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News Scan Sep 2015

Credit Card News, Economy News, Banking Industry News - Apr 2014
  • Ask people where they were on 9/11, and most have a memory to share. Ask where they were when Lehman Brothers collapsed, and many will struggle even to remember the correct year. The 158-year-old Wall Street bank filed for bankruptcy on 15 September 2008. As the news broke, insiders experienced an atmosphere of unprecedented panic.
  • One former investment banker recalled: “I thought: so this is what the threat of war must feel like. I remember looking out of the window and seeing the buses drive by. People everywhere going through a normal working day – or so they thought. I realised: they have no idea. I called my father from the office to tell him to transfer all his savings to a safer bank. Going home that day, I was genuinely terrified.”.
  • A veteran at a small credit rating agency who spent his whole career in the City of London told me with genuine emotion: “It was terrifying. Absolutely terrifying. We came so close to a global meltdown.” He had been on holiday in the week Lehman went bust.
  • "Flat is the new up." That's the pithy, and sobering, assessment of Goldman Sachs (GS) in predicting what's in store for the U.S. economy and for investors next year. The investment bank on Tuesday cut its forecast for 2016 U.S. economic growth to 2.4 percent, down from a previous estimate of 2.8 percent.
  • That sharply reduced estimate would barely exceed Goldman's forecast for 2015 growth and only match the tepid pace of expansion last year, a sign the economic recovery is running in place rather than sprinting ahead as many economists were predicting late last year.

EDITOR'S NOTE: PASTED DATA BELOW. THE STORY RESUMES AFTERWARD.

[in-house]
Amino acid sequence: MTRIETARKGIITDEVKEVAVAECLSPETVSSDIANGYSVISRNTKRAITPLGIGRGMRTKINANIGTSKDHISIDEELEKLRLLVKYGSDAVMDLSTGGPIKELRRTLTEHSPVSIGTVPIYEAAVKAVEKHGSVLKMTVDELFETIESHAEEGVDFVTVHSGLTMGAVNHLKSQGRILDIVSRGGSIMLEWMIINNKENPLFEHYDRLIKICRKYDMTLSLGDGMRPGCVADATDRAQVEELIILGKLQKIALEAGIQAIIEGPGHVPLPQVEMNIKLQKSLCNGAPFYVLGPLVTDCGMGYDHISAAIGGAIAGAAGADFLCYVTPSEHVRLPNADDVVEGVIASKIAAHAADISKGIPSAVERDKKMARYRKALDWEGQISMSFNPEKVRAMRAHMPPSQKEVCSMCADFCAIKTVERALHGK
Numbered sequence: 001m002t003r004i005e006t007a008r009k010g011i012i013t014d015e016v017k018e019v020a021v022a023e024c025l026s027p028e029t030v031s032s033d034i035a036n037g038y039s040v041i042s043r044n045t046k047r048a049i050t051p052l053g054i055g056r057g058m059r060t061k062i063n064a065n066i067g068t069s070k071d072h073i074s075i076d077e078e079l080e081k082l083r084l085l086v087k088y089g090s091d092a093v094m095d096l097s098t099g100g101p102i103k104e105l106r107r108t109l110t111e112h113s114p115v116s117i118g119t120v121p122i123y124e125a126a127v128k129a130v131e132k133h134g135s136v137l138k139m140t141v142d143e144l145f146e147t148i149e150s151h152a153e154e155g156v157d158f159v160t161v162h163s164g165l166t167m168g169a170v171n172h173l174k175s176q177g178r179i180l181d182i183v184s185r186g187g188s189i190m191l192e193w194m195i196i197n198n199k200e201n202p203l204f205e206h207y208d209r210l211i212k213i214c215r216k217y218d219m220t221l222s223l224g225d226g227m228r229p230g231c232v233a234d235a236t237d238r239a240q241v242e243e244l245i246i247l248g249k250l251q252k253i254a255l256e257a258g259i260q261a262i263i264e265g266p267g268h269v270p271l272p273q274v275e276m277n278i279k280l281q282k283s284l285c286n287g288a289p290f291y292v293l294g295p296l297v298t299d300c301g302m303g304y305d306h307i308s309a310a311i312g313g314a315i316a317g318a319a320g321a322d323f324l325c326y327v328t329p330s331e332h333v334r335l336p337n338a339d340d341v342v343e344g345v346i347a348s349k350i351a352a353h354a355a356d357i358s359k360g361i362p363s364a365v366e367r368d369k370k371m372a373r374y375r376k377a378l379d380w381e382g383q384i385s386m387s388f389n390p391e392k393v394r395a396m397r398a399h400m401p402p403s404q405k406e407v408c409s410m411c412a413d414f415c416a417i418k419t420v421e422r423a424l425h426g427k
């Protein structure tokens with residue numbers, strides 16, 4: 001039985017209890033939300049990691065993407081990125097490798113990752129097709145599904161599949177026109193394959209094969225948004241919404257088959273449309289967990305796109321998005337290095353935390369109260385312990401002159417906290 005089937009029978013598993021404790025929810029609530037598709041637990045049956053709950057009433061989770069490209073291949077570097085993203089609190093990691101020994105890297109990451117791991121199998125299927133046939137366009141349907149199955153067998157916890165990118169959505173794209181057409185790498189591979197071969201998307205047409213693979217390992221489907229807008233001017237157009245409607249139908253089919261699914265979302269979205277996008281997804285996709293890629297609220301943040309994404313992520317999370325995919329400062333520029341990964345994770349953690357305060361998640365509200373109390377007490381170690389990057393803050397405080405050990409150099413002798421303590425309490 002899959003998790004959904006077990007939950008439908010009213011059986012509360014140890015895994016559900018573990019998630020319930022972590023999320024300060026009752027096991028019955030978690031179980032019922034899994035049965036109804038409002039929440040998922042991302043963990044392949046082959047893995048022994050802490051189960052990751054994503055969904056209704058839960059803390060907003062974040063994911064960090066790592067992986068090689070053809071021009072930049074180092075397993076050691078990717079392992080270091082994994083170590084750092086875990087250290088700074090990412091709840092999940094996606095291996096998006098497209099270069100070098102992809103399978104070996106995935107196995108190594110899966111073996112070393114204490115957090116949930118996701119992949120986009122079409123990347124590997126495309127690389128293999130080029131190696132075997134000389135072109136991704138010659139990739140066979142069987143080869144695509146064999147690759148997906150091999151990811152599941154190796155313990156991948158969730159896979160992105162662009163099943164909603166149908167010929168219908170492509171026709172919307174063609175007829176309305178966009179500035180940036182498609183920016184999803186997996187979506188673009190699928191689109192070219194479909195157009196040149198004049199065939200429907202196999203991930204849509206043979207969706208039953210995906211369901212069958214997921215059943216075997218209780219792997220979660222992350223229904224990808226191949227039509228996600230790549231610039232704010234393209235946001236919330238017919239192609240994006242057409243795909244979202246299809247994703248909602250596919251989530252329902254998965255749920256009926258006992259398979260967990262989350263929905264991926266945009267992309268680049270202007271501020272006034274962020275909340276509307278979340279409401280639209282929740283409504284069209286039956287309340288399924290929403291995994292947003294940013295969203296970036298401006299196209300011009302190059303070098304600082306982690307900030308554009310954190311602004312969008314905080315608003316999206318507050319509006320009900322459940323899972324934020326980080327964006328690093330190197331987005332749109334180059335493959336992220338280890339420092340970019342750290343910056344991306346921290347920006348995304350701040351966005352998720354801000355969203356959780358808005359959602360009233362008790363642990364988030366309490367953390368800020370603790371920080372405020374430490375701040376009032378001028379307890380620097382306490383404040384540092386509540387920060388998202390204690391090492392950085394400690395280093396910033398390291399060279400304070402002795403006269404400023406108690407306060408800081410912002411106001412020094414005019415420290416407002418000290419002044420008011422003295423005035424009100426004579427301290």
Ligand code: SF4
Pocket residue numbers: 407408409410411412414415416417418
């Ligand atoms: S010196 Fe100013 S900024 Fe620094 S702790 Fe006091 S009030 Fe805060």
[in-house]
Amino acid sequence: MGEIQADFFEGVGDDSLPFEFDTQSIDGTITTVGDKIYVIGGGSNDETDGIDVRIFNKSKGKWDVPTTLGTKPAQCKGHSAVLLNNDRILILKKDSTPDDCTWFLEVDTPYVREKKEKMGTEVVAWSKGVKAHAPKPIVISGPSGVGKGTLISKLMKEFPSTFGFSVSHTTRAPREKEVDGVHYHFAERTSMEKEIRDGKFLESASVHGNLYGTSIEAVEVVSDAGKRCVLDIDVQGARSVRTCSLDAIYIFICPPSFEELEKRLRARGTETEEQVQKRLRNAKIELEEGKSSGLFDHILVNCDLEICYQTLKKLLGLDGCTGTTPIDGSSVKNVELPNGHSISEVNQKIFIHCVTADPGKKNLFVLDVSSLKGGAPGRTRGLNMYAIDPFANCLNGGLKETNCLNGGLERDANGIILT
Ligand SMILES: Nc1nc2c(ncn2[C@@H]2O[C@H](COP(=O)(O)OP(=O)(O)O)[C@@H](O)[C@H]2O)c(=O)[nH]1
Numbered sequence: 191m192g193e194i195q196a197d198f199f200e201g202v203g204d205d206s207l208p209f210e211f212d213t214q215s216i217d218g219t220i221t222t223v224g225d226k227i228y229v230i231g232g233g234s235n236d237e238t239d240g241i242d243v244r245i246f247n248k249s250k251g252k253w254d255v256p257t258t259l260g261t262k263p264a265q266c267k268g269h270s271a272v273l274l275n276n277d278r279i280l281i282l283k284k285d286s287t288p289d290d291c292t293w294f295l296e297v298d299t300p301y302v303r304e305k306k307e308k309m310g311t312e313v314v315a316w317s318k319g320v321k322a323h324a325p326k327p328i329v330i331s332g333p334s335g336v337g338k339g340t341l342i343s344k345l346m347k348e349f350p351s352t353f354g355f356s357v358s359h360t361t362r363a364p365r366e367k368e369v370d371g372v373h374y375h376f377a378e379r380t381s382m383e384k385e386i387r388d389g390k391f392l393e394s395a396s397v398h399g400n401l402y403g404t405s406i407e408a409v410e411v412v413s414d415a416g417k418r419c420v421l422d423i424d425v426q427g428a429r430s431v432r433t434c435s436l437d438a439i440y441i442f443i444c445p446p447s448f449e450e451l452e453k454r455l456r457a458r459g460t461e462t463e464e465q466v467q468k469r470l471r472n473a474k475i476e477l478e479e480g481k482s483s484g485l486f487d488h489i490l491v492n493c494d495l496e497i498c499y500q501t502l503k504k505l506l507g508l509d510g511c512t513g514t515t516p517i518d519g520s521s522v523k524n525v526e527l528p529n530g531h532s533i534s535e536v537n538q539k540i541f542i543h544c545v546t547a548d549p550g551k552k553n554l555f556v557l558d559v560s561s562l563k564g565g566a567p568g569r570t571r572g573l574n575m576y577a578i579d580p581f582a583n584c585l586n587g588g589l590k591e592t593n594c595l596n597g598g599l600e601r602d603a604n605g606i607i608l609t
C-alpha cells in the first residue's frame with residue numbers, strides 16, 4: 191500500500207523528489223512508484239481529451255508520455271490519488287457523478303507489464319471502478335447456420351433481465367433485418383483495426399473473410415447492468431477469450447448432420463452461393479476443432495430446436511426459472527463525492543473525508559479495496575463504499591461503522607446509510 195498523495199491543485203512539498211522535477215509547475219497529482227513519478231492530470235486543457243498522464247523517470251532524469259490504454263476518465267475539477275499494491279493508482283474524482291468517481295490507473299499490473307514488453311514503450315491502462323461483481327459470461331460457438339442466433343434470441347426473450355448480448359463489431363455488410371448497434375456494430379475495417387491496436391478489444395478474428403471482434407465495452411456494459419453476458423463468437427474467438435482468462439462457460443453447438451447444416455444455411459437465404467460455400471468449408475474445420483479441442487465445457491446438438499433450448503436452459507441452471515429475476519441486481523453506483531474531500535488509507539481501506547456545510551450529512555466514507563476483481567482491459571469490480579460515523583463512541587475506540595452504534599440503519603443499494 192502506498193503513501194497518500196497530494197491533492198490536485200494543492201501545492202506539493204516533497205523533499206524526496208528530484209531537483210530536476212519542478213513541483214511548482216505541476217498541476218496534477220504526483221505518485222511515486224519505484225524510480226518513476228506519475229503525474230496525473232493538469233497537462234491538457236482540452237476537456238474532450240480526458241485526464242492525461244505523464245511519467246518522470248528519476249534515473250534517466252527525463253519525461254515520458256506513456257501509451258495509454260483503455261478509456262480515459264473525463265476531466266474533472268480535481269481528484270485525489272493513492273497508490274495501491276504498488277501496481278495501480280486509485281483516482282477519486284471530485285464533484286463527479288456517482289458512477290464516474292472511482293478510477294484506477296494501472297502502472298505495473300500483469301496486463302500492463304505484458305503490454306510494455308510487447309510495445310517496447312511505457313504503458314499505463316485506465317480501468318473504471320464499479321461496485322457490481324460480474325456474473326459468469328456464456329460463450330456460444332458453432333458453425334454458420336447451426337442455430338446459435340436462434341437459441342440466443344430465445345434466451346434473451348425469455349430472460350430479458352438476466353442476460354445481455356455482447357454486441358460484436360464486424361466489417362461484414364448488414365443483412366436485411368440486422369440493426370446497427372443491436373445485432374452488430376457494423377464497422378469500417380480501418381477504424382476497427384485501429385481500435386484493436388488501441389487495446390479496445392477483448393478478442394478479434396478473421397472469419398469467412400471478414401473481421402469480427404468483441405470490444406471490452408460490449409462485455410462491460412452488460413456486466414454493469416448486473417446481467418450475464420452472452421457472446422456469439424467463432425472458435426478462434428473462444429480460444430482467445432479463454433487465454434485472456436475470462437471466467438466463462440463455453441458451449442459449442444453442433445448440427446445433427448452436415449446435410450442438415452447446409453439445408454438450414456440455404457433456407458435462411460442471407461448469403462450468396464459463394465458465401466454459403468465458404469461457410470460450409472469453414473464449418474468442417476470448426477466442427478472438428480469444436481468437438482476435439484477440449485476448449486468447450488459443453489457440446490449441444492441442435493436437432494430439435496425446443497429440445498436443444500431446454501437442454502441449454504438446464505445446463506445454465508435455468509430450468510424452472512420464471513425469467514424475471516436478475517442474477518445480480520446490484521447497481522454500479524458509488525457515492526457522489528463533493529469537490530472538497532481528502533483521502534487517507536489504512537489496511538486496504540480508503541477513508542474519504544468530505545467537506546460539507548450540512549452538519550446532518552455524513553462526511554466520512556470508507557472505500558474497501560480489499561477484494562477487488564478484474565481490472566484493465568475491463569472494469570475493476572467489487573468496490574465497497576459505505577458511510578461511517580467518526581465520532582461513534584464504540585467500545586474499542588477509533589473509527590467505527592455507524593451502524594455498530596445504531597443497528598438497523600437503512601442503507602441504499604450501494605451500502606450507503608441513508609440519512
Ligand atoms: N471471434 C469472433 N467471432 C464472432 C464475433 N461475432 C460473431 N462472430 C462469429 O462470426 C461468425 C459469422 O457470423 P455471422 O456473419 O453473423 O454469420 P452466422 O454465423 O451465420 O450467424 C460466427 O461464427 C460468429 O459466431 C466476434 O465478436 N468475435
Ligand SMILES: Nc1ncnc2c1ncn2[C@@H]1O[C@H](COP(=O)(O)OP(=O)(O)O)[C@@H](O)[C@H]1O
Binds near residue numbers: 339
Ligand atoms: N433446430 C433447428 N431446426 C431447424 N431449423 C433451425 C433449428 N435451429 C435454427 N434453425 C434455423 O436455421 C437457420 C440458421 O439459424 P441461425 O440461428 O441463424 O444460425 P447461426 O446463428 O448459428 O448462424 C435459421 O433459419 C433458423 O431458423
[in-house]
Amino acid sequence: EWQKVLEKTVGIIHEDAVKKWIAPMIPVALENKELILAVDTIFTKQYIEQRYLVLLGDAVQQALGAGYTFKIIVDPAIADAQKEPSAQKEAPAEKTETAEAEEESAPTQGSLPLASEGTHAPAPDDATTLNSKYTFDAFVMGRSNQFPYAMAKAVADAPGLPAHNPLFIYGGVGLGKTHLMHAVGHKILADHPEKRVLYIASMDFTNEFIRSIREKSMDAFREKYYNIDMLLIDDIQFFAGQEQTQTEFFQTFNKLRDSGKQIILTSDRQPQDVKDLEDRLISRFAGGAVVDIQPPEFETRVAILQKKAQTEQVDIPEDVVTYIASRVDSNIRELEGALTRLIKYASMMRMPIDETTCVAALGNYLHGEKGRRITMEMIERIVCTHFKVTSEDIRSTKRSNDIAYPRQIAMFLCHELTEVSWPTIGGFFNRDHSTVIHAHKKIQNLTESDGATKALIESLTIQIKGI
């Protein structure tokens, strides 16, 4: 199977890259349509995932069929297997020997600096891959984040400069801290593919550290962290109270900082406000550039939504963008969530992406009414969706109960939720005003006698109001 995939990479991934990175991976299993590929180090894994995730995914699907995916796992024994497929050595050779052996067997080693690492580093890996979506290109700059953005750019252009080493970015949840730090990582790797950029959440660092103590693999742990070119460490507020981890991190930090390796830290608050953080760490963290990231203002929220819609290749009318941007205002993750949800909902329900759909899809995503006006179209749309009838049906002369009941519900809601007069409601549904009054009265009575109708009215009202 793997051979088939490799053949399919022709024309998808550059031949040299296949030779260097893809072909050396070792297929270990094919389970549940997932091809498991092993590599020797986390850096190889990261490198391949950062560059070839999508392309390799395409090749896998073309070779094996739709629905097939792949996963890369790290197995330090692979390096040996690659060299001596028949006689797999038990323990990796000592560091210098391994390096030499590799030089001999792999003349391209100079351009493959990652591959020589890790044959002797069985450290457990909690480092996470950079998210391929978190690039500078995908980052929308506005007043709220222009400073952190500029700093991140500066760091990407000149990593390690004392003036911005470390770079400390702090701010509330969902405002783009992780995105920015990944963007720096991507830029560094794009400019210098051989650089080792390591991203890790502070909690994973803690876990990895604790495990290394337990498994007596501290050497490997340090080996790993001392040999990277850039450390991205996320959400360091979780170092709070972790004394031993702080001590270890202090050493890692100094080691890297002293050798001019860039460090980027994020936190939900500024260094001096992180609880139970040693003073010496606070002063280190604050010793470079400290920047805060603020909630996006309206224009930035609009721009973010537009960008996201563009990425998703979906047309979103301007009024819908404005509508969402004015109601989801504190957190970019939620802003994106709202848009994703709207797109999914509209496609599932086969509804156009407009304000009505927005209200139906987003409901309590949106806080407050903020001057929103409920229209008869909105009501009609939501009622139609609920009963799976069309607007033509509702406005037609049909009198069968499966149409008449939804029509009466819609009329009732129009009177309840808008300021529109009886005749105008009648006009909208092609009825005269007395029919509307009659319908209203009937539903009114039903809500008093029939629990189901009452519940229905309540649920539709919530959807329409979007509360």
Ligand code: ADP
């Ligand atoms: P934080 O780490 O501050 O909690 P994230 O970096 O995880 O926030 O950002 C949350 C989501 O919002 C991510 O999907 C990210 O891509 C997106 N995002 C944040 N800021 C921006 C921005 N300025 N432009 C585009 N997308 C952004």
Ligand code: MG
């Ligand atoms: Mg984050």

• In forecasting global gross domestic product growth next year of 3.7 percent, down from Goldman's previous forecast of 4.3 percent, the firm underscored the fear that has so many investors running scared: China's once high-flying economy is losing altitude faster than officials in Beijing care to admit.
  • If you have poor credit but want to open up a credit card, the numbers are in your favor: For the past several years, banks have approved credit card applications from an increasing number of consumers with bad credit, according to the latest data from the American Bankers Association.
  • In the first quarter of this year, consumers opened up 73 million new credit card accounts, which is a 14% increase in account originations from the first quarter of 2014. That 14% jump was driven by a 28% increase in subprime credit card accounts: 20 million of the new accounts were for subprime borrowers, 24 million for prime borrowers and 29 million for superprime borrowers.
  • The ABA breaks out score tiers like this: subprime borrowers have credit scores below 680, prime borrowers have scores between 680 and 759, and prime borrowers have scores of 760 and higher (the report does not specify the credit score scale ABA uses).
  • They're topics that may not be as sexy as state-sponsored cyberthieves or imperialistic island-building. But with Chinese President Xi Jinping making his first state visit to the U.S. this week, stock volatility, currency devaluations and the supremacy of the dollar are fresh on the minds of U.S. business leaders and government officials. And they're arguably topics of greater importance.
  • Xi arrived in Washington state on Tuesday to begin a series of meetings with U.S. business leaders a little more than a month after Chinese volatility shook global stock markets and government officials devalued the country's yuan currency.
  • But it's what China has been doing with the U.S. dollar, not the domestic yuan, that has some economic spectators spooked. Some believe the country is – intentionally or otherwise – threatening America's status of having the world's hegemonic reserve currency.

Ignore US Federal Reserve Bank

Source: The Pioneer Category: Banking Industry
  • The Fed’s decision to keep interest rates unchanged is not an invitation for this country to cut its repo rates. In fact, the latter should increase its rates. This could be the beginning of a new economic phase.